A Matter Of Life Or Death

Tim Wotton playing field hockey

Last week just as the evening was drawing in I went for a run in my local park, South London. It had been a sunny and warm September day and I knew that I had to make the most of it. I view my cystic fibrosis (CF) as a reason to exercise, not as an excuse not to.

If I can’t make an effort and bust a gut on a pleasant night like that then it’s a missed opportunity and I’d feel that CF was beating me. I’m too determined to let that happen…

What Does Cystic Fibrosis Feel Like?

I am always curious when it comes to the questions people ask or don’t ask when they find out about Cystic Fibrosis. Life is all about asking the right questions, right? My good friend once asked me, “What does CF feel like?” Without giving the response much thought, I simply replied the common response; “It feels like breathing through a straw.” That answer doesn’t really do justice to the question. And, this question has resonated with me for a few years while I have articulated the answer.

The List That Keeps On Giving

I've never really believed in "bucket lists".  It's strange to me to have a set list of things you want to do before you “kick the bucket”.  What happens when you only get to a few of them, are you left feeling like you’ve failed at life?  Or worse, what if you do everything on your list, then what?  With all of your adventures and goals checked off the list, what's left to do?  For a while years ago I had a list of things I wanted to do, most of which were completely unrealistic.

My First Love

The gym is always packed and frankly, I hate it.  I'd like to go hiking but the sun is so bright and my medications make me susceptible to burns.  I wouldn't mind swimming, but chlorine gives me a headache.  Skiing?  Too clutzy.  Mountain climbing?  Leave that to Brian. Rugby? Got kicked off the team after helping our opponent up after a tackle.  Cheerleading?  Not since college. Jogging?  Was fun until my knees hurt and my mom became faster than I was. Crossfit?

Giving Back

Just four years ago, I got involved with Cystic Fibrosis Lifestyle Foundation (CFLF) to give back some Time, Talent and Treasure (the 3T’s). For many years my family and friends have supported many cystic fibrosis non-profit organizations with donations, volunteer time and participation in fund raising events like Great Strides.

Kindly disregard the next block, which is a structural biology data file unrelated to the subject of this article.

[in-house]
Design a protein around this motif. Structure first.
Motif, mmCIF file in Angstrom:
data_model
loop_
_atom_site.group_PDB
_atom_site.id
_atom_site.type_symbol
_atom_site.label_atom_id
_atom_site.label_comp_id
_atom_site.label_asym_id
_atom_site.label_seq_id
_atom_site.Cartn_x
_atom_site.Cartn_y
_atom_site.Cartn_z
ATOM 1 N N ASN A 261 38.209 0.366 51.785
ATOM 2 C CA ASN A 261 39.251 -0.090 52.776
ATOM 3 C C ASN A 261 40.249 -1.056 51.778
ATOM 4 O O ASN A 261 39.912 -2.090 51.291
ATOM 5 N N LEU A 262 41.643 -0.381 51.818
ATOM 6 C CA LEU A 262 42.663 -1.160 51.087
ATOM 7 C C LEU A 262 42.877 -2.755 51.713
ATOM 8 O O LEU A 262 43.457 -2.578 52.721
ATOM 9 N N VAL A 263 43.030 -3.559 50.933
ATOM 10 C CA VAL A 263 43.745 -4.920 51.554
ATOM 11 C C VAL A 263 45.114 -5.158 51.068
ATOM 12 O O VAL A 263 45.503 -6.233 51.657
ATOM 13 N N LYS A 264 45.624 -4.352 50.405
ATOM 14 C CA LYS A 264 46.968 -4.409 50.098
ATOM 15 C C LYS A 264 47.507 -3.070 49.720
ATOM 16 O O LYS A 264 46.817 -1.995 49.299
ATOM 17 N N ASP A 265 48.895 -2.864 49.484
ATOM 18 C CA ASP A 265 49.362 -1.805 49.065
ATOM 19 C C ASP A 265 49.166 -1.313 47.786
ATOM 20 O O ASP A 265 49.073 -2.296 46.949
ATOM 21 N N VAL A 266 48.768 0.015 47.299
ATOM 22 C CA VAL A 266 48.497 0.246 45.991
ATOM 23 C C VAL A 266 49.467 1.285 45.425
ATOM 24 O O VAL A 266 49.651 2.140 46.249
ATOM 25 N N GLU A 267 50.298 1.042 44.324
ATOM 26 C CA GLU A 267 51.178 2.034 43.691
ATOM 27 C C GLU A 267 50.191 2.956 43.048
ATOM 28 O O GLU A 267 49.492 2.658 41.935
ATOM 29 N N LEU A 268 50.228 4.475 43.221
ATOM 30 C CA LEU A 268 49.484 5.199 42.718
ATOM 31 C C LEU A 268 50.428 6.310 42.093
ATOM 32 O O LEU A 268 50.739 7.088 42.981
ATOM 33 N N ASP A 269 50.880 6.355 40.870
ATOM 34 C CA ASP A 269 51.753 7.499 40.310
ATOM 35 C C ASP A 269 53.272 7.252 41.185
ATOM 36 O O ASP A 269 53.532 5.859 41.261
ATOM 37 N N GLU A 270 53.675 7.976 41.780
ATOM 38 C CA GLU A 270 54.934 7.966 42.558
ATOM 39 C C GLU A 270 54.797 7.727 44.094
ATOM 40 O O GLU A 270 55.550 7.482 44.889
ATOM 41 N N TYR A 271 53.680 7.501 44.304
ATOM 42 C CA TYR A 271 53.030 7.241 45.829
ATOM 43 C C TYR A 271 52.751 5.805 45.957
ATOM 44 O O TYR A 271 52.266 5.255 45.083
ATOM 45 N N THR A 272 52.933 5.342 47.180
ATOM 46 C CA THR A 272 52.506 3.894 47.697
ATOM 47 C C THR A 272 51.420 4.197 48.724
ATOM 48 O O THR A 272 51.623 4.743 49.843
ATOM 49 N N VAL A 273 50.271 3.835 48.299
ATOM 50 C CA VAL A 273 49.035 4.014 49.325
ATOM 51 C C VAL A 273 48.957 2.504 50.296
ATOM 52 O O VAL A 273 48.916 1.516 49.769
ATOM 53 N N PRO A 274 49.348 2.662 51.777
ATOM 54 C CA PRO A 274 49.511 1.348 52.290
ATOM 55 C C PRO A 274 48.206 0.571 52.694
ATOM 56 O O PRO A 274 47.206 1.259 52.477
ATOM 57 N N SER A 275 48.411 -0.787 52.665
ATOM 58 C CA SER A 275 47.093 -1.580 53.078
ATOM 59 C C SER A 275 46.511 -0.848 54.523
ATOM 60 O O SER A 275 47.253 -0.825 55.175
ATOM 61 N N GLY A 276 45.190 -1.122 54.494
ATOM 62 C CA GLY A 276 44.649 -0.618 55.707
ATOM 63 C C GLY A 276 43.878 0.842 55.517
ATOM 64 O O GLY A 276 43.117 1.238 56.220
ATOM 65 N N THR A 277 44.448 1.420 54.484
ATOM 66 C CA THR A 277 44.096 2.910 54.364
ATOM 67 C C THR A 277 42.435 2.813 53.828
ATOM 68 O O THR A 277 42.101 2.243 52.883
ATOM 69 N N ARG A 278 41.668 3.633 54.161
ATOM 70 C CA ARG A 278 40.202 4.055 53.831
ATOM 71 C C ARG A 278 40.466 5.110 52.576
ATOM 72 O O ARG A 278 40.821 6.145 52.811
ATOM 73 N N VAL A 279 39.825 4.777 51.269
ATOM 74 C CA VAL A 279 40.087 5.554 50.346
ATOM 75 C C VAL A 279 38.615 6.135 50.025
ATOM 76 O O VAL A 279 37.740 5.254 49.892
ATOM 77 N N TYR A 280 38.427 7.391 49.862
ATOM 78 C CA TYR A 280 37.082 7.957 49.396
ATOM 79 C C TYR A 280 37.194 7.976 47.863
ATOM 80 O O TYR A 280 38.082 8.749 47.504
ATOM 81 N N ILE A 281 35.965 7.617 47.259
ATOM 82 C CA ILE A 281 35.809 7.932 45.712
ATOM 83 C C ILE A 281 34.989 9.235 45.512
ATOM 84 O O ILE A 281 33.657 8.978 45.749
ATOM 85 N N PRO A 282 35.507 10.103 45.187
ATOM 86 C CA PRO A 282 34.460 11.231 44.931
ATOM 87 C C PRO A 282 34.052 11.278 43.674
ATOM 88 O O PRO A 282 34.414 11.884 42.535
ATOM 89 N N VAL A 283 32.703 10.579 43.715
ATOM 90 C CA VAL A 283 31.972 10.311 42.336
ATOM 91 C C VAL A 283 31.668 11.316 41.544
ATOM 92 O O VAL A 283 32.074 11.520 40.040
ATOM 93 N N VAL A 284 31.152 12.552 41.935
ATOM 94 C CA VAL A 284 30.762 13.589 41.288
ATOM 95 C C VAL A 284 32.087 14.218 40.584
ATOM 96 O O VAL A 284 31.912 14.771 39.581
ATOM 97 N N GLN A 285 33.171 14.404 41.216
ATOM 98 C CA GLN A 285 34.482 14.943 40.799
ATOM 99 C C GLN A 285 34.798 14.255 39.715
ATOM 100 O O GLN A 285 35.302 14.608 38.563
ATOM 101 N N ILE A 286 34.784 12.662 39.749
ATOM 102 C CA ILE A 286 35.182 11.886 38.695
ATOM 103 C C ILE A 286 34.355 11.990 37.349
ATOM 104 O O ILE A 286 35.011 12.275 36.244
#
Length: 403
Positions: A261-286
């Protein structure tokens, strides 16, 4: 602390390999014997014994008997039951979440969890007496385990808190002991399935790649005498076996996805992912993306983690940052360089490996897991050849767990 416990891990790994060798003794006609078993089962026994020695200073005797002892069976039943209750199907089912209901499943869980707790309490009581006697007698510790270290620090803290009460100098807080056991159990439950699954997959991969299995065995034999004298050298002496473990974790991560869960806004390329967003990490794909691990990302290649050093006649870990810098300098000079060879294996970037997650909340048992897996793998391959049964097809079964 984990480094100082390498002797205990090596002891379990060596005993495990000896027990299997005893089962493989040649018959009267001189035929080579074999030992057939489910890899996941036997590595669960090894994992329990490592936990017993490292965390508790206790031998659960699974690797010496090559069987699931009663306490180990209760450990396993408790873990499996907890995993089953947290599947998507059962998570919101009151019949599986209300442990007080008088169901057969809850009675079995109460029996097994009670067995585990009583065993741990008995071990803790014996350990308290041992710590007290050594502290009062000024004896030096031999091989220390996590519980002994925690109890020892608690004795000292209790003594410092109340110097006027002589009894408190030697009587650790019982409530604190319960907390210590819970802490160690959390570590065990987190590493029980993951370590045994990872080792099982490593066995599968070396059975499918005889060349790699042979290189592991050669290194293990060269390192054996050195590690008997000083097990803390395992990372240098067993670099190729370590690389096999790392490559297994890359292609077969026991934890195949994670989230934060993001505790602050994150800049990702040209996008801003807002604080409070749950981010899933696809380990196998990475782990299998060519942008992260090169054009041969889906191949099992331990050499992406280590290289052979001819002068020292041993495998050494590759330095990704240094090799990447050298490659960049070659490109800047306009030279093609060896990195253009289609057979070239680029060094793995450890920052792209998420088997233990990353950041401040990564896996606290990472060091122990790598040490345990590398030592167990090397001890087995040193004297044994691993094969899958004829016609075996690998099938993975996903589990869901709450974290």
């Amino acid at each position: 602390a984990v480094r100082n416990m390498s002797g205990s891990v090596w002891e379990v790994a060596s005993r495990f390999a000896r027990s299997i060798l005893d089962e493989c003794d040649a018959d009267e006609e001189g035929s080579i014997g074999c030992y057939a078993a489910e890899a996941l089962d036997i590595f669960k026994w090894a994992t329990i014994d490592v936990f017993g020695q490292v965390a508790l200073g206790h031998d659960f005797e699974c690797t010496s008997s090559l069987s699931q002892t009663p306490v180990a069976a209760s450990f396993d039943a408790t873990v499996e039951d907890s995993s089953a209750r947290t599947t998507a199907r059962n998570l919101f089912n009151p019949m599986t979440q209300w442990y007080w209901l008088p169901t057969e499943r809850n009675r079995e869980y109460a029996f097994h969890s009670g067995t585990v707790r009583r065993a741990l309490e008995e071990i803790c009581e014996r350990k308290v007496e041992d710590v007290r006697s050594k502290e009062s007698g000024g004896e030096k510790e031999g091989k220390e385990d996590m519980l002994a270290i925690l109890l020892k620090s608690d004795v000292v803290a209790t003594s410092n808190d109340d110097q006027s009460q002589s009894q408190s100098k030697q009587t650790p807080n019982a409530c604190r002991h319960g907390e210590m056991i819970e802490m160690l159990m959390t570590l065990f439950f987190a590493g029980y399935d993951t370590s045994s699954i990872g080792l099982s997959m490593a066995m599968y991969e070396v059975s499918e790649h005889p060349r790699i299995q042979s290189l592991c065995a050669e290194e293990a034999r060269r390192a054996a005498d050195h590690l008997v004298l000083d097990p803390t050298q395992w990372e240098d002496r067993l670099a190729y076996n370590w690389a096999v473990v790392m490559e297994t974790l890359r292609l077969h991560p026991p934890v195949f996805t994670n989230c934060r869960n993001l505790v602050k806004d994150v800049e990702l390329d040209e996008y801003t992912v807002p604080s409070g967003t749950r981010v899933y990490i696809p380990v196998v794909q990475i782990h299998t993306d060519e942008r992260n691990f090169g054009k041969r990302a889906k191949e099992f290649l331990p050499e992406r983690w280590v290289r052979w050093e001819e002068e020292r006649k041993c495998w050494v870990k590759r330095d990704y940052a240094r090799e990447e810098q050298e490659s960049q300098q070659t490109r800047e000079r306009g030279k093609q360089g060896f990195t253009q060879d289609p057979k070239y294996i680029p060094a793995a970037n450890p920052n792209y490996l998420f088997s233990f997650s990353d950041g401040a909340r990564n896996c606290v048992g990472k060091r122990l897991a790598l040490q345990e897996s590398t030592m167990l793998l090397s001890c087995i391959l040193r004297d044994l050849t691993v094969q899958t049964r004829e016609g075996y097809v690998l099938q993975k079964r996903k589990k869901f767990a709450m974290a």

CF Strong

Half Dome

Just a few short years ago if you asked me if I could ever see myself writing a blog post for a blog focused on being active with cystic fibrosis I would have laughed.  As a child I was active. I woke up early just so I could jump on the trampoline. I danced and even did gymnastics for a few years. I rode my bike and rollerbladed around the neighborhood. I enjoyed being active and outside and somewhere along the way I lost that.

The Gaps Between Trees

I have reached the top of the chairlift at approximately 11,400 feet above sea level at the Highlands Bowl in Aspen, Colorado. Amazing technology has brought me to a spectacular place that only a small percentage of the human population will ever get to experience.


30 Is The New 60

This is probably my tenth attempt at writing a blog post for this week.  Since getting out of the hospital I’ve been trying to catch up on work that I missed all the while keeping up with treatments and exercise.  Getting out of the hospital feels like getting out of jail in a lot of ways, and it’s often hard to readapt to life outside the hospital walls.  And dealing with more medical problems on top of it, only makes it even harder.

Patient vs. Visitor

My Grandpa has just had a heart attack. This is the first time that I can recall in my thriving cystic fibrosis ridden life that the role of being a patient and being a visitor is reversed. As I am gathering with my family encompassing my grandpa’s hospital bed I feel a sudden onset of a unwelcomed novel feeling. The room is filled with nurses turning off the beeping monitors, but they are not mine. Doctors cluster around the patient who is not me. IV’s are having blood drawn out from them, but it’s not my blood. How could I not know what to do? What to say?

Grief and Chronic Illness

Grief.  It’s an emotional experience so powerful and all-consuming one wonders if survival is possible.  Loss and subsequent grief seems to be something that those with CF experience quite regularly.  The loss of time when respiratory therapy treatments take multiple hours a day.  The loss of the ability to breathe easily and have energy.  The loss of spontaneity in having another exacerbation and being confined to IV antibiotics.  The loss of patience in having to call the mail-order pharmacy for the fifth time because they billed incorrectly… again.  The loss of having a romantic relation


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